Do you have hobbies that you incorporate a lot of lolita into? (this can be anything from video games to writing to knitting)
If you answered “yes” to four or more, you probably actually are a lifestyle lolita just from these actions. That doesn’t make fake or prissy, and yes, you can still smoke and drink and curse if you want to. Hell, I do it. Once again:
Even if the majority of your “yes” answers were to the questions about community, think about it this way: before lolita, did you ever approach someone just because the were wearing the same shoes or a similar shirt as you and make an effort to find people to hang out with them? It’s a small step, but it’s still one in the direction of having a lifestyle based in your fashion choices. You aren’t letting the clothes define you, really... but it is definitely a bigger part of who you are at this point than you probably thought.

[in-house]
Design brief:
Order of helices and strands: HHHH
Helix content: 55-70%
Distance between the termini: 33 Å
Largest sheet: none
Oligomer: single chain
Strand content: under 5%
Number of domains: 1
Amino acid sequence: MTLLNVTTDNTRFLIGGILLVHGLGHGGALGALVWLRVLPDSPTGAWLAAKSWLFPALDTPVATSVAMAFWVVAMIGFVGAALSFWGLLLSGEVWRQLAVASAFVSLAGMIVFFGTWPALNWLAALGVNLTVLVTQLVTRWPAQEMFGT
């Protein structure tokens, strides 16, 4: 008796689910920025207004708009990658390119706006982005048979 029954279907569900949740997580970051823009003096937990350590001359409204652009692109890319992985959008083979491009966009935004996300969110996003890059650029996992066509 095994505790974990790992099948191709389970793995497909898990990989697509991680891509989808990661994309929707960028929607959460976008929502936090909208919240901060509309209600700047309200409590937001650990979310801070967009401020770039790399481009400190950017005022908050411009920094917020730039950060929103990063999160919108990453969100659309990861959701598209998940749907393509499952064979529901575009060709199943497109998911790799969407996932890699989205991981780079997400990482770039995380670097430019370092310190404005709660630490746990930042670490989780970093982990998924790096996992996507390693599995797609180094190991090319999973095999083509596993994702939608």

The key thing in the end is to not loose yourself in the whole of it, which ever end of the spectrum you lie. Do not fixate on trying to be a perfect image of lolita, and don’t fixate on trying to not look like a lifestyle lolita if it’s not something you are going for. The majority of us are still young: by that virtue, we’re all still exploring ourselves, even as we find ourselves getting married and having children. And it’s ok to not totally know who you are. The exploration gives you character.